The dynamics of growth : econometric modelling and implications for employment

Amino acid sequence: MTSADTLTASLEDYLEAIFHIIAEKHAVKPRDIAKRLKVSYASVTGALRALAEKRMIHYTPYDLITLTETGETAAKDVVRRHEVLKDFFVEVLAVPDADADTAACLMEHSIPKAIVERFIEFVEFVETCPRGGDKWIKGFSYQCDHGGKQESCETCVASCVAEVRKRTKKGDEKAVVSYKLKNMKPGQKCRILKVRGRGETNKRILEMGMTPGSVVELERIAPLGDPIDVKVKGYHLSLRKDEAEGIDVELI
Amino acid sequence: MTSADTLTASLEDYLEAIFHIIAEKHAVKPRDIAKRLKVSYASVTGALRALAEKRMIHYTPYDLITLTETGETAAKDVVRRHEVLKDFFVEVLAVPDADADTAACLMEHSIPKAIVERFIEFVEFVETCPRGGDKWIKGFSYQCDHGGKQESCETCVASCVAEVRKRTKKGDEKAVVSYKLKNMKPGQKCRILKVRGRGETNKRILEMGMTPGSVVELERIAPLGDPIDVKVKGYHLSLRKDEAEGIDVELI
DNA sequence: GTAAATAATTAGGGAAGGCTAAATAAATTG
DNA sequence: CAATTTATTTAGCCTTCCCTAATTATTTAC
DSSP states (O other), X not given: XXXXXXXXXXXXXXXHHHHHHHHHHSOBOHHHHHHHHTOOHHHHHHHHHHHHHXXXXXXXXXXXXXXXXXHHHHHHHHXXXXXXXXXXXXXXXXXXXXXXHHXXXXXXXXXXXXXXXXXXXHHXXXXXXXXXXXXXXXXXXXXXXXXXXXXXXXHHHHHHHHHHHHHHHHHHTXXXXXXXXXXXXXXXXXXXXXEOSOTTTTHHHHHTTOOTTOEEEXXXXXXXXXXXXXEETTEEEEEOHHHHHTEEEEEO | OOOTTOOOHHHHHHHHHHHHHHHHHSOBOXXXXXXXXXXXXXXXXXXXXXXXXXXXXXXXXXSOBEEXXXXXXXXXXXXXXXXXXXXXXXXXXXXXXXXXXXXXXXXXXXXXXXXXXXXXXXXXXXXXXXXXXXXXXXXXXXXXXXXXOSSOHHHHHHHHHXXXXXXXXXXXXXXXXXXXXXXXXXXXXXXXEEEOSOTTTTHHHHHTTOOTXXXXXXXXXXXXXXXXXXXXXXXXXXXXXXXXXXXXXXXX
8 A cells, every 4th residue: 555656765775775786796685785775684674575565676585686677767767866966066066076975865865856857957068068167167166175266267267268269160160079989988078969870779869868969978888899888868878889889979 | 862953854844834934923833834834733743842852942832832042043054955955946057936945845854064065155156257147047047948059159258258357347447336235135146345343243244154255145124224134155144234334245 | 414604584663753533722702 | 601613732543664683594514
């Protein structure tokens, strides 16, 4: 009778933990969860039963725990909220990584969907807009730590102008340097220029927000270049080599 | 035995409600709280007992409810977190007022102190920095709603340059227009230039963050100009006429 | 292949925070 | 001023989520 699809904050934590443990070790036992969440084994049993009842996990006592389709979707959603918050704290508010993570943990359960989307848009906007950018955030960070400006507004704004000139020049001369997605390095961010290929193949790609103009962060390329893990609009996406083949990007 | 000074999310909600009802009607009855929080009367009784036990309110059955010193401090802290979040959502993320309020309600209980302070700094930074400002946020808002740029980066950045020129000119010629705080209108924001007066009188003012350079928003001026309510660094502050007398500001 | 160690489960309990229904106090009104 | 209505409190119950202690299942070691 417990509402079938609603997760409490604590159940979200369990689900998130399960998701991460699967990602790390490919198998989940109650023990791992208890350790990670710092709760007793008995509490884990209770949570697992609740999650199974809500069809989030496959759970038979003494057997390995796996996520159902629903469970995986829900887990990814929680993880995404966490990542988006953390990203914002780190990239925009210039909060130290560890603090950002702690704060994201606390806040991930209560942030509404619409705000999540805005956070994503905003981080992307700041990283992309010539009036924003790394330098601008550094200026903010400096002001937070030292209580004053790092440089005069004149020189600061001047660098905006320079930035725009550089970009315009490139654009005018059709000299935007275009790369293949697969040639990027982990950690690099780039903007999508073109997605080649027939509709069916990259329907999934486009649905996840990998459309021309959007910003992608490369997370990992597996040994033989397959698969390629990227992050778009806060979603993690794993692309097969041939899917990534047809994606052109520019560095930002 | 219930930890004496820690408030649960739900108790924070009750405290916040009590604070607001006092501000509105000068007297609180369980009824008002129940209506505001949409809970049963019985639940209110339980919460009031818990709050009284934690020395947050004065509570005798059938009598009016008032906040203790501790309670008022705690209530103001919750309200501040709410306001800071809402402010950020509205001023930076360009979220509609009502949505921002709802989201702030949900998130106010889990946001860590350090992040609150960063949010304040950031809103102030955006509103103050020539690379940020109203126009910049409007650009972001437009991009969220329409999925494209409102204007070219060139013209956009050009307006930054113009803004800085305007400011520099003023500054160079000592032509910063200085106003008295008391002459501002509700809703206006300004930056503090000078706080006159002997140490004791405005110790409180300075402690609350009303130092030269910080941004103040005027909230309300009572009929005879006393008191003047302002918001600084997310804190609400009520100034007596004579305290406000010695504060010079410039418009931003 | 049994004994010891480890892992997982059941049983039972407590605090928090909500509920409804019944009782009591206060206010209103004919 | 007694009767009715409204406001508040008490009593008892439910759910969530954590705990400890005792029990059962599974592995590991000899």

This thesis presents the author's work in two parts. Part I contains two studies of the modelling of growth and convergence, Part II examines empirical issues regarding the determinants of labour market outcomes. In Chapter 1 we tackle and solve a methodological issue in the application of the distribution dynamics method for studying the evolution in time of an entire cross section distribution. The problem of discretisation of a continuous state space Markov process is solved by employing a new method proposed in the statistical literature. The method is applied to the distribution of per capita income across countries and the (non-) convergence phenomenon is reassessed. In Chapter 2 we model the evolution of per capita incomes across countries as a semi-markov process, with variable sojourn times between states. We uncover asymmetries in the distribution of transition times and find very low persistence of income dynamics, especially in the high portion of the income distribution. In Chapter 3 we investigate the existence of a long run equilibrium relationship between unemployment and a set of labour market institutional variables by means of newly developed panel unit root and cointegration models. We find that these variables are integrated of order one and cointegrated. We estimate the long run effects of institutions on unemployment. In Chapter 4 we estimate a model of equilibrium employment with endogenous technological progress. Innovation arises as a consequence of investment in research and development and impacts on job creation and job destruction. We find that technological progress increases unemployment on impact, but has a positive long run effect on job creation.